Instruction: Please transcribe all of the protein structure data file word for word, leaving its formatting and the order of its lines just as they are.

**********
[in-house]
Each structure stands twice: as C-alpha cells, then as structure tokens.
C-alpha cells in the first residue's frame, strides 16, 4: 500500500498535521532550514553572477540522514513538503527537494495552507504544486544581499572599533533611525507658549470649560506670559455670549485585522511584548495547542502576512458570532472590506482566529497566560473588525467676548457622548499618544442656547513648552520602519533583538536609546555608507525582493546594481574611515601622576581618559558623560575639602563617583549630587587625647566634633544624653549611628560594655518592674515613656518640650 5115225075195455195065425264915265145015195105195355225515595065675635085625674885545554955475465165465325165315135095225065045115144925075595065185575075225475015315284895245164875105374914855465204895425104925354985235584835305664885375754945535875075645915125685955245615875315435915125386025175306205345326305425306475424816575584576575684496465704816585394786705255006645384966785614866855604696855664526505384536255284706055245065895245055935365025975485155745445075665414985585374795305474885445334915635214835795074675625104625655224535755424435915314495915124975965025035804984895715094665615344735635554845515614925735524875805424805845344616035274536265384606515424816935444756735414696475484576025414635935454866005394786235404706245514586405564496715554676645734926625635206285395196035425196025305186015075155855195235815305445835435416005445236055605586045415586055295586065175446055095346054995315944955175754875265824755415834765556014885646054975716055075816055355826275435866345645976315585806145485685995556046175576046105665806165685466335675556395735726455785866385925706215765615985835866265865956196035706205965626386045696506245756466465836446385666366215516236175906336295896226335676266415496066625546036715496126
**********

[in-house]
Each structure stands twice: as C-alpha cells, then as structure tokens.
C-alpha cells in the first residue's frame, strides 16, 4: 500500500498535521532550514553572477540522514513538503527537494495552507504544486544581499572599533533611525507658549470649560506670559455670549485585522511584548495547542502576512458570532472590506482566529497566560473588525467676548457622548499618544442656547513648552520602519533583538536609546555608507525582493546594481574611515601622576581618559558623560575639602563617583549630587587625647566634633544624653549611628560594655518592674515613656518640650 5115225075195455195065425264915265145015195105195355225515595065675635085625674885545554955475465165465325165315135095225065045115144925075595065185575075225475015315284895245164875105374914855465204895425104925354985235584835305664885375754945535875075645915125685955245615875315435915125386025175306205345326305425306475424816575584576575684496465704816585394786705255006645384966785614866855604696855664526505384536255284706055245065895245055935365025975485155745445075665414985585374795305474885445334915635214835795074675625104625655224535755424435915314495915124975965025035804984895715094665615344735635554845515614925735524875805424805845344616035274536265384606515424816935444756735414696475484576025414635935454866005394786235404706245514586405564496715554676645734926625635206285395196035425196025305186015075155855195235815305445835435416005445236055605586045415586055295586065175446055095346054995315944955175754875265824755415834765556014885646054975716055075816055355826275435866345645976315585806145485685995556046175576046105665806165685466335675556395735726455785866385925706215765615985835866265865956196035706205965626386045696506245756466465836446385666366215516236175906336295896226335676266415496066625546036715496126